The frequencies of occurrence of these three paranormal phenomena are shown in Figure 10-1. Telepathy is reported more frequently than precognition (p <.0005) or magical operations (p <<.0005), and in turn, precognition is more frequent than magical operations (p <.001). There is a parallel to laboratory work with the paranormal, where contemporary time ESP (telepathy, clairvoyance) studies are most often significant, precognition studies are not significant as often, and psychokinesis (usually "willing" dice faces to come up in a certain pattern) is a rare bird (Rao, 1966). The levels of intoxication for the three phenomena do not differ significantly, although the test is not very adequate due to the small number of users rating the precognition and magical operation items.


Out-of-the-Body Experiences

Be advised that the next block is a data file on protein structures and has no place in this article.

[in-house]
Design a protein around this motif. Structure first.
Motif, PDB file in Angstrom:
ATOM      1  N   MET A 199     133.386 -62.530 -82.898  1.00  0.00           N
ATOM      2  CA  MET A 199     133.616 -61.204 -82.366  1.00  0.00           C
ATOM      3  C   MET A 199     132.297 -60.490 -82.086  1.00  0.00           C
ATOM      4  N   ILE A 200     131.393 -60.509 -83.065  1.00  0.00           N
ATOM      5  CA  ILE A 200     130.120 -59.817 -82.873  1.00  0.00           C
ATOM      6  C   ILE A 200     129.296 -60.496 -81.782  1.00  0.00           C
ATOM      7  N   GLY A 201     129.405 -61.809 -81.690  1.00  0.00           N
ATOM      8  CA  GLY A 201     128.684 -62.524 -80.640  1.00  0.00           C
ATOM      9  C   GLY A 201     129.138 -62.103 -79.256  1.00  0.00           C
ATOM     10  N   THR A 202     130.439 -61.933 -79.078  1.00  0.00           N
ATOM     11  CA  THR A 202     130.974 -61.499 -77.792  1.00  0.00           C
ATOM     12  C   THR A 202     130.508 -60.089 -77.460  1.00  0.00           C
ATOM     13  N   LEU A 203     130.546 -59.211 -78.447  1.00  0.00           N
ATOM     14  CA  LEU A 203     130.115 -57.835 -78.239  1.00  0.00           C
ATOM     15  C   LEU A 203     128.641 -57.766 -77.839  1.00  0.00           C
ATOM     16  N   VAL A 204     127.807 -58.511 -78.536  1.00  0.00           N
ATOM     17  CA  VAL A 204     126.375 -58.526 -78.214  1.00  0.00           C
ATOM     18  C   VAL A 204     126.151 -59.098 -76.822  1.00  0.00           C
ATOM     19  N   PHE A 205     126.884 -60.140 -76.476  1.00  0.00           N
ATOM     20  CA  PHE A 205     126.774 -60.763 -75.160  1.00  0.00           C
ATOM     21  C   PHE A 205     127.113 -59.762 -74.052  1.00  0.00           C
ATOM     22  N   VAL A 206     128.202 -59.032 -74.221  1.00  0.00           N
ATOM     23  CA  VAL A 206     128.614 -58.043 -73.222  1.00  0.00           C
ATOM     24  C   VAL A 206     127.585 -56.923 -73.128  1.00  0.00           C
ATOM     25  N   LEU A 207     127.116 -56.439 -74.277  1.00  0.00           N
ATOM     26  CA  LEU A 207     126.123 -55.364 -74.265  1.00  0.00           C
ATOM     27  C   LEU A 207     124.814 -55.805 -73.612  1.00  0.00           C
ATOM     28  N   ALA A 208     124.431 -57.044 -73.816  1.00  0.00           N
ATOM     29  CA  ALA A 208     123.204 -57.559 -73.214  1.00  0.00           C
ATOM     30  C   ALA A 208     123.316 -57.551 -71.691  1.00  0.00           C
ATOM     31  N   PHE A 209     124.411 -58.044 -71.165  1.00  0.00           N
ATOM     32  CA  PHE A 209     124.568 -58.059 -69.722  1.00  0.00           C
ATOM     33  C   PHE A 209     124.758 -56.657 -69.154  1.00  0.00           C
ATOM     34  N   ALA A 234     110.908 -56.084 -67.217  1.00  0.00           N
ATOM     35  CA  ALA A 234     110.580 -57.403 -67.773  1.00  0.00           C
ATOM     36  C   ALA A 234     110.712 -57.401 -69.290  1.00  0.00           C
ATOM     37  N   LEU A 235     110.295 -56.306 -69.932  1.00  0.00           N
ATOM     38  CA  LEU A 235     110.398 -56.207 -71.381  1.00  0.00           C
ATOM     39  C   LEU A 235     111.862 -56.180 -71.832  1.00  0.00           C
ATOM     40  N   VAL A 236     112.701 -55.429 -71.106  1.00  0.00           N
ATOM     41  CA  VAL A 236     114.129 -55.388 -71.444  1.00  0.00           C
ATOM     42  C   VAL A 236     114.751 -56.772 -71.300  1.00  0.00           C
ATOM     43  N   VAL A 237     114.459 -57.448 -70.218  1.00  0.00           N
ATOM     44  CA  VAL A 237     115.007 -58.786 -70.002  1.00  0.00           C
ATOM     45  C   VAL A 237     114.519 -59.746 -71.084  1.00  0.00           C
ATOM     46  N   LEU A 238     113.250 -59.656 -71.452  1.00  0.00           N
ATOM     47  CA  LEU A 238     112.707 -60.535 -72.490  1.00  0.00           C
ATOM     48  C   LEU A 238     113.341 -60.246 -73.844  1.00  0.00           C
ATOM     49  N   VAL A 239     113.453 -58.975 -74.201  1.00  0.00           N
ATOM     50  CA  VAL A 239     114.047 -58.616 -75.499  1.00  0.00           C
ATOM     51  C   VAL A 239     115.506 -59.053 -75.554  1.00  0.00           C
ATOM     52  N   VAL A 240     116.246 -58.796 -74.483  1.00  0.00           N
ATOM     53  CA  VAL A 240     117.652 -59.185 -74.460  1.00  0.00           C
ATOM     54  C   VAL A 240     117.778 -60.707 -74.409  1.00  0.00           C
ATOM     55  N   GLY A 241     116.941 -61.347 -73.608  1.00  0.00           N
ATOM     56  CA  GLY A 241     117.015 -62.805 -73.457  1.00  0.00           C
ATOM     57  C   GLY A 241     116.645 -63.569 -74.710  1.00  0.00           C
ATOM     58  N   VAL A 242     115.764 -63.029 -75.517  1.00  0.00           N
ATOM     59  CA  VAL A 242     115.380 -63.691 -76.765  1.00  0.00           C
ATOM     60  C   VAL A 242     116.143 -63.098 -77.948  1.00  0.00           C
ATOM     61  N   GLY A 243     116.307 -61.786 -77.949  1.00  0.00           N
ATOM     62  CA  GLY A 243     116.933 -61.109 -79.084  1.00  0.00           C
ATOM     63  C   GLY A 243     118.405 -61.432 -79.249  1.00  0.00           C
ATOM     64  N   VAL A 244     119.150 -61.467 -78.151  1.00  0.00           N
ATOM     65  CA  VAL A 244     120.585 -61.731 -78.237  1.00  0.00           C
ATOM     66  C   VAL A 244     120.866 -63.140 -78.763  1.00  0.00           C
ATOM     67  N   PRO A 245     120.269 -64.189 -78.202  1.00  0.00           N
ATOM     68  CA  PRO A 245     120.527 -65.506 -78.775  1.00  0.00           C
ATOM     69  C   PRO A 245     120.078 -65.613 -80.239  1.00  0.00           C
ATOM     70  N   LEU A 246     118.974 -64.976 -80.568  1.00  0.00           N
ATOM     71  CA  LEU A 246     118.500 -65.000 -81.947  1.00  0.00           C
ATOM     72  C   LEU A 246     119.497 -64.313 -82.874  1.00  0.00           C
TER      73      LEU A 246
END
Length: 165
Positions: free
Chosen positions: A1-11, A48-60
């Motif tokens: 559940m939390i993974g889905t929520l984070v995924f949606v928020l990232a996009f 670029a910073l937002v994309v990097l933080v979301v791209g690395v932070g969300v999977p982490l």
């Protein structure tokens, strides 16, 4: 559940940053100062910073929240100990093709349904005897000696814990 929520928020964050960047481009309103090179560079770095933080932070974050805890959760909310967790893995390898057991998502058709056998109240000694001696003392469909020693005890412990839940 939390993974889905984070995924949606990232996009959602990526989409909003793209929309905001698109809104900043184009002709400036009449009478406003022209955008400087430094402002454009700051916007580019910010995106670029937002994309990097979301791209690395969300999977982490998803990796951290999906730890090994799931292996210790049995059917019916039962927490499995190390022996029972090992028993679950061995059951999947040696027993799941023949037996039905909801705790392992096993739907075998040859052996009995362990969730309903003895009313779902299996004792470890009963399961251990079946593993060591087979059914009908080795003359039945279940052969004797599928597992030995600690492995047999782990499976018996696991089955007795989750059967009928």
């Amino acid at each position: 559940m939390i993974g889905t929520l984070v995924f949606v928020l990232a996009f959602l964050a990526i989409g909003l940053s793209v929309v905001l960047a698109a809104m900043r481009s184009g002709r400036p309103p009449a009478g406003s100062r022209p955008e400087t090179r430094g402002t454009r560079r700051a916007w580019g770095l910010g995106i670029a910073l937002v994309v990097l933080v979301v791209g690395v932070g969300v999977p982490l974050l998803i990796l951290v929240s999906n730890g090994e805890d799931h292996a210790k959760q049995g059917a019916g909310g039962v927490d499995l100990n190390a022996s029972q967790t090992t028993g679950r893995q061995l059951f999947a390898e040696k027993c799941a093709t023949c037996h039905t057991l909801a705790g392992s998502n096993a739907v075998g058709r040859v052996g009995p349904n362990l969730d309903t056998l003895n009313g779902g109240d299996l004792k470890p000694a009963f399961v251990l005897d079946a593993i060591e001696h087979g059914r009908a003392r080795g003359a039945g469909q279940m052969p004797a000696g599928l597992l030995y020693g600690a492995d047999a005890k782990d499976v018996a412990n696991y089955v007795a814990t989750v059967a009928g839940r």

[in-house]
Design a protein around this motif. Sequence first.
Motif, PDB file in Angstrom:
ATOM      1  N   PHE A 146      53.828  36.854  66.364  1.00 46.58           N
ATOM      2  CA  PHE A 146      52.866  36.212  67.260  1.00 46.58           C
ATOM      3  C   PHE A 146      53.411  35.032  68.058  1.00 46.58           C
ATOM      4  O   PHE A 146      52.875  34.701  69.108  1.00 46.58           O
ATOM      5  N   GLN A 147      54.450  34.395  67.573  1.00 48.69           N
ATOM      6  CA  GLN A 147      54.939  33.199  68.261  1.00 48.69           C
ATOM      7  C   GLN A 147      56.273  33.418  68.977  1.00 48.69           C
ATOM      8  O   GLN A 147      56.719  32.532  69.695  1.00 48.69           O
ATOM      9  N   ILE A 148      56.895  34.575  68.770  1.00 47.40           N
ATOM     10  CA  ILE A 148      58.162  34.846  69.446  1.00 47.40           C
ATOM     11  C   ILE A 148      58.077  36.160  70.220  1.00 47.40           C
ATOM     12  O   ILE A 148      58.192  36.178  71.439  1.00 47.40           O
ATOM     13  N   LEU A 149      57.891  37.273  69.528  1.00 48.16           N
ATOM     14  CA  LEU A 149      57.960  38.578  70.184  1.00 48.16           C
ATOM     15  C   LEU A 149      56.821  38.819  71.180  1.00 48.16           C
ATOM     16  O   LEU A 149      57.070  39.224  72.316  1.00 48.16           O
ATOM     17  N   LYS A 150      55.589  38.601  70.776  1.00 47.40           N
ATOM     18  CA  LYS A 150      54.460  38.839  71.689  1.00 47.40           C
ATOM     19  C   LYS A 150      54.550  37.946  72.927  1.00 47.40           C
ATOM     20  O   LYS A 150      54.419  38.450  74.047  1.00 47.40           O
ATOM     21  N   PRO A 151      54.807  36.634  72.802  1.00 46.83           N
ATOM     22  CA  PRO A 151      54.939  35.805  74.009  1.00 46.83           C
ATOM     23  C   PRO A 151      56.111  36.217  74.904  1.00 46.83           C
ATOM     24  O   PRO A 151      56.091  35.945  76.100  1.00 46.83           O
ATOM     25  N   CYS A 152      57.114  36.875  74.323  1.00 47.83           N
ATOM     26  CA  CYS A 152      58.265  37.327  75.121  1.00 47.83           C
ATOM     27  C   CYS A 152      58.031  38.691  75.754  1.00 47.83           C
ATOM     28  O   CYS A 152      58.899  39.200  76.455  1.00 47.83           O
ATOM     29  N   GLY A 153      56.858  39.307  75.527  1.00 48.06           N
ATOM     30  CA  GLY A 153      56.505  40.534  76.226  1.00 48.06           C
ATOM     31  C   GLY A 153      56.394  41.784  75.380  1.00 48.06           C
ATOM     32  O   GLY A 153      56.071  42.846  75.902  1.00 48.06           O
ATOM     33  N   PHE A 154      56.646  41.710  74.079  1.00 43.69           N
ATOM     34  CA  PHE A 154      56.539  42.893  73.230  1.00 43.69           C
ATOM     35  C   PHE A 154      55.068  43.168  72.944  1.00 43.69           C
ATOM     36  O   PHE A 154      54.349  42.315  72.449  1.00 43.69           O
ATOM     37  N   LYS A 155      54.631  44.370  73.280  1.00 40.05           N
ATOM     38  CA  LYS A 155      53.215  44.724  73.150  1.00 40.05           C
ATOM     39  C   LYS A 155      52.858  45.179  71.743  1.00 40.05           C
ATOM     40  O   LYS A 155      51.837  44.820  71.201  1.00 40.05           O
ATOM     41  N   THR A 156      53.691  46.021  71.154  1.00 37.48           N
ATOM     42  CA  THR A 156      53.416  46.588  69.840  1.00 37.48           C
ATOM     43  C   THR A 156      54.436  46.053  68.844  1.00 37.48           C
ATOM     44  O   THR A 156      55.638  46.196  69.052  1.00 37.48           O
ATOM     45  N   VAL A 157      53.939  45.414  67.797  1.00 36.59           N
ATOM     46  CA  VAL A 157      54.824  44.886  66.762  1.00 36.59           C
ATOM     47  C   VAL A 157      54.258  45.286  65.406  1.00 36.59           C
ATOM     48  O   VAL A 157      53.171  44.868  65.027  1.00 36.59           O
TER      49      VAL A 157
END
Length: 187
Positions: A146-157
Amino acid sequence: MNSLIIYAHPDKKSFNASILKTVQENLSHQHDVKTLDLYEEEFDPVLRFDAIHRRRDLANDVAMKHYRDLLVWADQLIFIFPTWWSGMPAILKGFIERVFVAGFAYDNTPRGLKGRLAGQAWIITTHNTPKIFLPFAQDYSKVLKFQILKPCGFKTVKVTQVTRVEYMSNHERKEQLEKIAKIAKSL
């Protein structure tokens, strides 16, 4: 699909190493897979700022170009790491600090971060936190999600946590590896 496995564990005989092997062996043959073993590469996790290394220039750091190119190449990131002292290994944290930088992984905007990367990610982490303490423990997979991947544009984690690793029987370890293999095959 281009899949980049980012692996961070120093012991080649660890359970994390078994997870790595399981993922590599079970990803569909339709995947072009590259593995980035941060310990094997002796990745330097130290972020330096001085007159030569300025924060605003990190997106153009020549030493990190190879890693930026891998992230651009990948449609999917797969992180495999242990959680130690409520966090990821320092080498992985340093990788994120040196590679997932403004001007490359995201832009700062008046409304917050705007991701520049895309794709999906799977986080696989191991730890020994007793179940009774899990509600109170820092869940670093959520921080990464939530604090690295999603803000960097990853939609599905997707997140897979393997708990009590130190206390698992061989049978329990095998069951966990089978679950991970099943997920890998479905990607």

A phenomenon rare in the pilot data, but of particular interest to me because of some intriguing laboratory findings (Tart, 1967, 1968), is the so-called "out-of-the-body" experience (OOBE) "Have you ever had the experience of being 'located' outside your physical body, i.e., of you being at a different location in space than the one you knew your body was at? Dreams aren't included here, or situations where you just lose consciousness of your body. This is where you consciously feel located at a different place and know at the time that you are conscious but at a different location. Has this happened to you?" The last sentence ended in several modifiers, "at all?" "while stoned?" "happened before started smoking grass," and "happened after started smoking grass." The users were also asked to describe any such experiences. Fifty-three percent of the users indicated they had never had such an experience, 23 percent (34 users) that they had had it once, and 21 percent (32 users) that they had had multiple experiences; 3 percent did not answer.